Cover Story

Send Me a Signal: Indifference, Conscience and Memory

All of life is one large signal with a thousand hands pointing to different directions. Which one you choose to travel on dictates your life’s fortunes. It is all in you, not in your stars, nor in the pointing fingers themselves. They are there for all to make their choices as they may

I see life’s signals as akin to biological interactions of competence and response. As Lewis Thomas would tell us, ‘It is not birth, marriage, or death, but gastrulation which is truly the most important time in your life’ . You start out as a single cell derived from the coupling of a sperm and an egg; this divides into two, then four, then eight and so on, and at a certain stage the emerging cells start moving and rearranging themselves into new po-sitions; some remain on the outside while others move inwards. During this process, which we call gastrulation, a series of interactions begin between cells lying close to one another. As a result, there emerges a single cell lying on the outside which has as all its progeny the human brain. The mere existence of such a cell should be one of the great astonishments of life on earth. In gastrulation certain cells on the outside, the ectoderm, are the only ones that are competent to respond to signals, messages, from other cells that have moved inside. This is the principal event in development to form the central nervous system.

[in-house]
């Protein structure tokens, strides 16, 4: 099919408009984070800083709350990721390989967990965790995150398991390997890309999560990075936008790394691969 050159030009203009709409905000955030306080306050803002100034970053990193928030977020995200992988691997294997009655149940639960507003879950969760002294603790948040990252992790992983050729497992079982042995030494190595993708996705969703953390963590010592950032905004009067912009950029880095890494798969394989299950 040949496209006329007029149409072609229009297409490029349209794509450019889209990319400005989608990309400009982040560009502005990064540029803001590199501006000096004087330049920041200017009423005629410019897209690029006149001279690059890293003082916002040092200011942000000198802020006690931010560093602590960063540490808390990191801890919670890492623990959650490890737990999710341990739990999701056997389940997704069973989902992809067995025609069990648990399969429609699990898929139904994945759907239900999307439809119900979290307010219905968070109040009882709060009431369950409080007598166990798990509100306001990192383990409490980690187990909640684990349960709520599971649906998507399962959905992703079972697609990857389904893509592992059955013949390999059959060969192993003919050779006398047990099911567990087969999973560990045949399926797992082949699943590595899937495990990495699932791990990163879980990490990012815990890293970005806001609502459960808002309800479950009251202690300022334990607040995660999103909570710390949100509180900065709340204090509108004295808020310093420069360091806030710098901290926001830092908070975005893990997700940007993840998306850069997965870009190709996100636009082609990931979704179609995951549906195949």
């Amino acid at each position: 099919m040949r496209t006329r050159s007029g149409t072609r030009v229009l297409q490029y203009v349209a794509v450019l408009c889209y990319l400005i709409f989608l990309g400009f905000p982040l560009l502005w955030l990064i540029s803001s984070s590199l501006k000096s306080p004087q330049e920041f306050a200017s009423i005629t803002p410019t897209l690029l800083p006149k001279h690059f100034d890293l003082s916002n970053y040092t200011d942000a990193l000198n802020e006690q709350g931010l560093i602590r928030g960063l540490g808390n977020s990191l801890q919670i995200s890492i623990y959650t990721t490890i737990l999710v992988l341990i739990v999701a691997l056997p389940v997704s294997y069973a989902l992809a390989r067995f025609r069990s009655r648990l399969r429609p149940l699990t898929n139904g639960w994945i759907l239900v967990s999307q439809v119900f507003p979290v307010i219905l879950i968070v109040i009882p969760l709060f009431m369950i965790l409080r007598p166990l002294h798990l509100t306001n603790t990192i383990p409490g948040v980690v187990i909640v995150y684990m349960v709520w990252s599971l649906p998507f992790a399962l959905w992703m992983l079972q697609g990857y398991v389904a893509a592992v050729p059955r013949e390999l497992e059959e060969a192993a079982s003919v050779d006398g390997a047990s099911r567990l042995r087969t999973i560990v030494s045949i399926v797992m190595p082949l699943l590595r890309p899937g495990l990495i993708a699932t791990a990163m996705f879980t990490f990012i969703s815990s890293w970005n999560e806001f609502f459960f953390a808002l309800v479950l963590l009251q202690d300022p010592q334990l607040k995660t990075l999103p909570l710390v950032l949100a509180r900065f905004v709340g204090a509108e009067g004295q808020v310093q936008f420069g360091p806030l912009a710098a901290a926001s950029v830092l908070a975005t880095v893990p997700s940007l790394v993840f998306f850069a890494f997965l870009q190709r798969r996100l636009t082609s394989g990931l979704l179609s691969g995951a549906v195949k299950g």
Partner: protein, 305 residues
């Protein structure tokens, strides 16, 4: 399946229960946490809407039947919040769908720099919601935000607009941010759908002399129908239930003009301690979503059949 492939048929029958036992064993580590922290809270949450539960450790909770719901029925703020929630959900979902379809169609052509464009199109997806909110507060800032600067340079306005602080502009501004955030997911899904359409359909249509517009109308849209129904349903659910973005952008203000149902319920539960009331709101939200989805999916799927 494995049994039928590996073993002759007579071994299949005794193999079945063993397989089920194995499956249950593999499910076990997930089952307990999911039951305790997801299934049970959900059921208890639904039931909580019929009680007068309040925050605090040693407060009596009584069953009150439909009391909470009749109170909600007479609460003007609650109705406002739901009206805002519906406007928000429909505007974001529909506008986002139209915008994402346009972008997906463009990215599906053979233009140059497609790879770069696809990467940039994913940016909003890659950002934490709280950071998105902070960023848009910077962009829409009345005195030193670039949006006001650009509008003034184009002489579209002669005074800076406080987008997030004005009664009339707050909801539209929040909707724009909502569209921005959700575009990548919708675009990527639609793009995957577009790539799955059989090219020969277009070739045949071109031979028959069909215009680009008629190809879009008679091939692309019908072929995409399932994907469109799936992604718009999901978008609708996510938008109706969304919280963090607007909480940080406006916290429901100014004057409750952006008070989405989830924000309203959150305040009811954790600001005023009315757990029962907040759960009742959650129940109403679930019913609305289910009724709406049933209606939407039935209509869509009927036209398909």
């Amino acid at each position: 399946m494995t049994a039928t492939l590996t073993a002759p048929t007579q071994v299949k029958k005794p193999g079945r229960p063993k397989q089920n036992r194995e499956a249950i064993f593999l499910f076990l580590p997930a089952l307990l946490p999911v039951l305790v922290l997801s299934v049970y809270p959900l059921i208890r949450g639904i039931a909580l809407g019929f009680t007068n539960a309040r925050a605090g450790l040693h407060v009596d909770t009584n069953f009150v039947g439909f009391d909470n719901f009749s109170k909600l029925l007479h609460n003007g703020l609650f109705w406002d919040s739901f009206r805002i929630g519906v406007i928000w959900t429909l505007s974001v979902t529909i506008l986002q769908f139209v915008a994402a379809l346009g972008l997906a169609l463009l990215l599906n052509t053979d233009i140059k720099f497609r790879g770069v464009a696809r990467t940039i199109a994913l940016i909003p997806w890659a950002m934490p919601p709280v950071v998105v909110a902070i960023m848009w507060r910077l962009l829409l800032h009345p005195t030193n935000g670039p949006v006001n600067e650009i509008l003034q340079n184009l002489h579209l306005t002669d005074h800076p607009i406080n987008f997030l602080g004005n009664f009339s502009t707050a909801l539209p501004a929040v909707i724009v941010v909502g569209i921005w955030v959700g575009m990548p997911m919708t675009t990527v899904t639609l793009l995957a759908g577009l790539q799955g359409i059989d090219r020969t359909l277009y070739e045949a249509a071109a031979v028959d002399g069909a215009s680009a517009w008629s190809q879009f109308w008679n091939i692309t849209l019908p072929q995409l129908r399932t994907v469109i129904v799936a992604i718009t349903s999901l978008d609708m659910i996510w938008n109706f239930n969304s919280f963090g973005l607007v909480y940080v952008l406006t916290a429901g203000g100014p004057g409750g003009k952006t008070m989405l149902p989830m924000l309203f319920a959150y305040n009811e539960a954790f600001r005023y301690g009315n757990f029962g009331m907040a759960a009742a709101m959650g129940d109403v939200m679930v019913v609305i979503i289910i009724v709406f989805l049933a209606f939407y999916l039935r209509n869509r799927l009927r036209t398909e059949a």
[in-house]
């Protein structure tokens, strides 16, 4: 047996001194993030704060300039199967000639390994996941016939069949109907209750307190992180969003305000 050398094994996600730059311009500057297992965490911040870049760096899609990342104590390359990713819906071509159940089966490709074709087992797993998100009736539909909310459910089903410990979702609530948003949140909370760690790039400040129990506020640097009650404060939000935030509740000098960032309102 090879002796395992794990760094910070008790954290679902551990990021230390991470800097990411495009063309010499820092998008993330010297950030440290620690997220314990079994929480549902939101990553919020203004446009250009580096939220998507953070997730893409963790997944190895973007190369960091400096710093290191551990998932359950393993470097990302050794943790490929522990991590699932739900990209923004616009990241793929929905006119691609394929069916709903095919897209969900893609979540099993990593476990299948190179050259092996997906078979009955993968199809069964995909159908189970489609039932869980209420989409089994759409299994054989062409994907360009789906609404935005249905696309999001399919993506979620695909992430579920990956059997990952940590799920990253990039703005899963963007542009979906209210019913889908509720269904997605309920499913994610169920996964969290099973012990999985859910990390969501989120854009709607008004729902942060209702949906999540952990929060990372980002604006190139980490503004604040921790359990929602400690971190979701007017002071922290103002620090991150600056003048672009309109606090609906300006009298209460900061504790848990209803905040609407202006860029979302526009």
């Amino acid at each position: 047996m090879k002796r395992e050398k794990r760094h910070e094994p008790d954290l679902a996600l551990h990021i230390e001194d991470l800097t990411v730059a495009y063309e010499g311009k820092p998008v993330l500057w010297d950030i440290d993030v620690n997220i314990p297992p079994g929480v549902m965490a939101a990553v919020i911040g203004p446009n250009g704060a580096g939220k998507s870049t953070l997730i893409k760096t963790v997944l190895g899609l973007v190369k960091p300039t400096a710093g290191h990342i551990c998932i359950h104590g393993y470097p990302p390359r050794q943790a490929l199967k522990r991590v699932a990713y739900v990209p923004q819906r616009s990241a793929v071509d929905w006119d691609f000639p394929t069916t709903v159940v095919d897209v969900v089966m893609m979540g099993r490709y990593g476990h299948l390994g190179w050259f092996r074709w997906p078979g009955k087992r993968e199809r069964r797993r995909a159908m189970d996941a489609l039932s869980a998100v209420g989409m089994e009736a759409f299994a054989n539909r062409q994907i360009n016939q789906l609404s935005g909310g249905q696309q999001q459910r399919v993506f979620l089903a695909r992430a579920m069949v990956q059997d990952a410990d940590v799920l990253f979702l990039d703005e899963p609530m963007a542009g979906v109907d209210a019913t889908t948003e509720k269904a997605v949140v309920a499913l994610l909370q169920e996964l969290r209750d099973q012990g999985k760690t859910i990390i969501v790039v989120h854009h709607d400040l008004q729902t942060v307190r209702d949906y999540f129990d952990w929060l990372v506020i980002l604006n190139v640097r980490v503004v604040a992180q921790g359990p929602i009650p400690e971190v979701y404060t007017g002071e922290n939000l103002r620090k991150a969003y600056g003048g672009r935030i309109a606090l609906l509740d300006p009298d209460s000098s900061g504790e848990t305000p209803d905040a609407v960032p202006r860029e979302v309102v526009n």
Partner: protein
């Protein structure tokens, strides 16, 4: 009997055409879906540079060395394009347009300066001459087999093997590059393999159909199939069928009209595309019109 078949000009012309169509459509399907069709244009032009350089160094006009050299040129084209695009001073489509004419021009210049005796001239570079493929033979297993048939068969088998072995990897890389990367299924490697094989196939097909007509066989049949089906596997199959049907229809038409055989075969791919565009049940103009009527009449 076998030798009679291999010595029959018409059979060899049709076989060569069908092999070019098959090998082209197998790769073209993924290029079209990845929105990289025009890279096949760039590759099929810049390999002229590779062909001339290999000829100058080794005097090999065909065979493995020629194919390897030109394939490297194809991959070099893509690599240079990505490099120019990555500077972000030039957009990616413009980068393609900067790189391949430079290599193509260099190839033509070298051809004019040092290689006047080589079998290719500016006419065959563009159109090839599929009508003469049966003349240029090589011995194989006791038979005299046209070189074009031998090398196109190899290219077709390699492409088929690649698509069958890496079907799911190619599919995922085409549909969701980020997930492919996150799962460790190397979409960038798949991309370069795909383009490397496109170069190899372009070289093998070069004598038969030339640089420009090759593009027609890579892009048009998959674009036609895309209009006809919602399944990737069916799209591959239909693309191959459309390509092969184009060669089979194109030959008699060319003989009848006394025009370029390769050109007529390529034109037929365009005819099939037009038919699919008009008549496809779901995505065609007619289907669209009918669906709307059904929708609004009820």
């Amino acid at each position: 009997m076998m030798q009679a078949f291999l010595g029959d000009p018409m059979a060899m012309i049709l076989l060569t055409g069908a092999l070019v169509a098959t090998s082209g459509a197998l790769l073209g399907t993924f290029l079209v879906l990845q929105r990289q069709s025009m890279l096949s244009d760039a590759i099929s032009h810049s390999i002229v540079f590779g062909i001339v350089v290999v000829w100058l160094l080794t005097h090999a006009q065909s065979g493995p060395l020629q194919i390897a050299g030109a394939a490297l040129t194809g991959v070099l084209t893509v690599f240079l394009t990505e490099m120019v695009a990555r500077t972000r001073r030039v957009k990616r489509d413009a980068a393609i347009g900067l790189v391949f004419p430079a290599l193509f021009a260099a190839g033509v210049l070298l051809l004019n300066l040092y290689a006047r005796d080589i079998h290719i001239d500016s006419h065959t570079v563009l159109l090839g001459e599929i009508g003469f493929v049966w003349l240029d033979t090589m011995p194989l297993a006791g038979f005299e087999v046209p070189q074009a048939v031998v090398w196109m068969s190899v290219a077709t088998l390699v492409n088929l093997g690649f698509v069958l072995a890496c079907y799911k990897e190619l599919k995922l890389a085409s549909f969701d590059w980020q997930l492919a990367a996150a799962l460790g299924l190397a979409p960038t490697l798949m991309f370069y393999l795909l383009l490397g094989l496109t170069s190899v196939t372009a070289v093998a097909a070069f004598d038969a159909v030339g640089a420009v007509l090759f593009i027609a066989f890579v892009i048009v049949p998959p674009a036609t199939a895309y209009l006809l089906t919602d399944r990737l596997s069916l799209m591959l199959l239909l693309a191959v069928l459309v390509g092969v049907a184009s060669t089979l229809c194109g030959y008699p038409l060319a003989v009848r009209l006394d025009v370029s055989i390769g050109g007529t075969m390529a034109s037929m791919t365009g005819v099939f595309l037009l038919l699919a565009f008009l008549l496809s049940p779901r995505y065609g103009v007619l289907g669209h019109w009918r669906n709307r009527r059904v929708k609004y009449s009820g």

The problem of response to messages controls all of life. Consider the above example of the sperm coupling the egg, which waits for the sperm and will be waiting for a week or even less. You could write a poem on the insidious behaviour of the sperm to keep the egg waiting. But must the sperm appear simply because the egg is waiting? No. The antecedents determine the tenets of morality. The sperm will go to the egg in a voluntary sexual intercourse between married couples. You will tell me that this moral code operated in those days; that, if the boy feels like it and the girl feels like it, they can get together and let the sperm satisfy the urges of the egg and not leave the latter just waiting. Of course, I shall not get into this quagmire set up to annihilate my reasons, one by one. What is important here is the whole question of competence and response: the egg is competent to receive the message from the sperm and will respond, in time, with a full-grown child. The boy seeing the girl finds her irresistible and nothing would stop him from consummating his sexual urges in one girl or another. He is not thinking about the cellular outcome of the ominous signals he sends to the girl. All he cares about is that message is well received and responded to. Much of human behaviour can be understood and explained by this simple example which has monumental effects we all know. Again, you will say those were the old days. Now with birth control pills and abortion on demand the biological rule of competence and response has been exuberantly modified. All is fair game.